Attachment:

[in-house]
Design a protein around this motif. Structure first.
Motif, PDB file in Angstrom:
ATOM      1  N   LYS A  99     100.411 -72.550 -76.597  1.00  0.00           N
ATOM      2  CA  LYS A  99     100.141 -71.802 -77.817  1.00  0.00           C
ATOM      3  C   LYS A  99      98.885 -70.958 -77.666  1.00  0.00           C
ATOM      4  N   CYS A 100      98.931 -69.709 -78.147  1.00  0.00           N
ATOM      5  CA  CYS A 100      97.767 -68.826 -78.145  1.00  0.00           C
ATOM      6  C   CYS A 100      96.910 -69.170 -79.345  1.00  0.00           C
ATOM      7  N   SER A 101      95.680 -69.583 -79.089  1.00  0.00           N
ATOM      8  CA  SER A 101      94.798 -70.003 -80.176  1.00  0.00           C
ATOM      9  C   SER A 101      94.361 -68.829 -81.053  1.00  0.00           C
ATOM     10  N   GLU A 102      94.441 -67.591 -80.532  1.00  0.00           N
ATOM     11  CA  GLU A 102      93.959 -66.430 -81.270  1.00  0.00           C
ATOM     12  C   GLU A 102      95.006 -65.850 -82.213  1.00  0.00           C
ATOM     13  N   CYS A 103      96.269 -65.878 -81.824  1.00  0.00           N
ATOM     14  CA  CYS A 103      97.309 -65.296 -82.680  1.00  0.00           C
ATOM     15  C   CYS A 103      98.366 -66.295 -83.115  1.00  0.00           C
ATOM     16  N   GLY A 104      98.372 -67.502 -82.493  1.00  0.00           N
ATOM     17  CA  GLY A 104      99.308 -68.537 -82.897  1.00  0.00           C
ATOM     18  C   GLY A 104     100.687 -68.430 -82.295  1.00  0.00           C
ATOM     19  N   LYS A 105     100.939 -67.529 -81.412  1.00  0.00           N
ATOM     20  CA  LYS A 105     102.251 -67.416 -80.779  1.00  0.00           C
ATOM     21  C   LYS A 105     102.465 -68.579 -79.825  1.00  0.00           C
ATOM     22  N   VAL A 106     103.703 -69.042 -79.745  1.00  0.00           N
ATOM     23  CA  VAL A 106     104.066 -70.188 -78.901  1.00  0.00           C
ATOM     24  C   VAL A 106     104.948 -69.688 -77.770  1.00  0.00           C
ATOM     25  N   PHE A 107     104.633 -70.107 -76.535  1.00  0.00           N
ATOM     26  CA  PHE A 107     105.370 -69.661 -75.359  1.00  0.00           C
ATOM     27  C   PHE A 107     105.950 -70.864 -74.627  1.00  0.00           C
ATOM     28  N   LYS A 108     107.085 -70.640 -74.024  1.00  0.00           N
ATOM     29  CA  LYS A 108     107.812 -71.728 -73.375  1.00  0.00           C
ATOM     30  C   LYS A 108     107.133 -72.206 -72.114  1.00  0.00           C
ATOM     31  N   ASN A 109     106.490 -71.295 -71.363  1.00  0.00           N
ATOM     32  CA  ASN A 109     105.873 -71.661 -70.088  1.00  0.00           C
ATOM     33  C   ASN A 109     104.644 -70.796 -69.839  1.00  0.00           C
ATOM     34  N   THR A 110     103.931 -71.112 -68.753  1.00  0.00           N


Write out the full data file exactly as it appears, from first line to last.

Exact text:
[in-house]
Design a protein around this motif. Structure first.
Motif, PDB file in Angstrom:
ATOM      1  N   LYS A  99     100.411 -72.550 -76.597  1.00  0.00           N
ATOM      2  CA  LYS A  99     100.141 -71.802 -77.817  1.00  0.00           C
ATOM      3  C   LYS A  99      98.885 -70.958 -77.666  1.00  0.00           C
ATOM      4  N   CYS A 100      98.931 -69.709 -78.147  1.00  0.00           N
ATOM      5  CA  CYS A 100      97.767 -68.826 -78.145  1.00  0.00           C
ATOM      6  C   CYS A 100      96.910 -69.170 -79.345  1.00  0.00           C
ATOM      7  N   SER A 101      95.680 -69.583 -79.089  1.00  0.00           N
ATOM      8  CA  SER A 101      94.798 -70.003 -80.176  1.00  0.00           C
ATOM      9  C   SER A 101      94.361 -68.829 -81.053  1.00  0.00           C
ATOM     10  N   GLU A 102      94.441 -67.591 -80.532  1.00  0.00           N
ATOM     11  CA  GLU A 102      93.959 -66.430 -81.270  1.00  0.00           C
ATOM     12  C   GLU A 102      95.006 -65.850 -82.213  1.00  0.00           C
ATOM     13  N   CYS A 103      96.269 -65.878 -81.824  1.00  0.00           N
ATOM     14  CA  CYS A 103      97.309 -65.296 -82.680  1.00  0.00           C
ATOM     15  C   CYS A 103      98.366 -66.295 -83.115  1.00  0.00           C
ATOM     16  N   GLY A 104      98.372 -67.502 -82.493  1.00  0.00           N
ATOM     17  CA  GLY A 104      99.308 -68.537 -82.897  1.00  0.00           C
ATOM     18  C   GLY A 104     100.687 -68.430 -82.295  1.00  0.00           C
ATOM     19  N   LYS A 105     100.939 -67.529 -81.412  1.00  0.00           N
ATOM     20  CA  LYS A 105     102.251 -67.416 -80.779  1.00  0.00           C
ATOM     21  C   LYS A 105     102.465 -68.579 -79.825  1.00  0.00           C
ATOM     22  N   VAL A 106     103.703 -69.042 -79.745  1.00  0.00           N
ATOM     23  CA  VAL A 106     104.066 -70.188 -78.901  1.00  0.00           C
ATOM     24  C   VAL A 106     104.948 -69.688 -77.770  1.00  0.00           C
ATOM     25  N   PHE A 107     104.633 -70.107 -76.535  1.00  0.00           N
ATOM     26  CA  PHE A 107     105.370 -69.661 -75.359  1.00  0.00           C
ATOM     27  C   PHE A 107     105.950 -70.864 -74.627  1.00  0.00           C
ATOM     28  N   LYS A 108     107.085 -70.640 -74.024  1.00  0.00           N
ATOM     29  CA  LYS A 108     107.812 -71.728 -73.375  1.00  0.00           C
ATOM     30  C   LYS A 108     107.133 -72.206 -72.114  1.00  0.00           C
ATOM     31  N   ASN A 109     106.490 -71.295 -71.363  1.00  0.00           N
ATOM     32  CA  ASN A 109     105.873 -71.661 -70.088  1.00  0.00           C
ATOM     33  C   ASN A 109     104.644 -70.796 -69.839  1.00  0.00           C
ATOM     34  N   THR A 110     103.931 -71.112 -68.753  1.00  0.00           N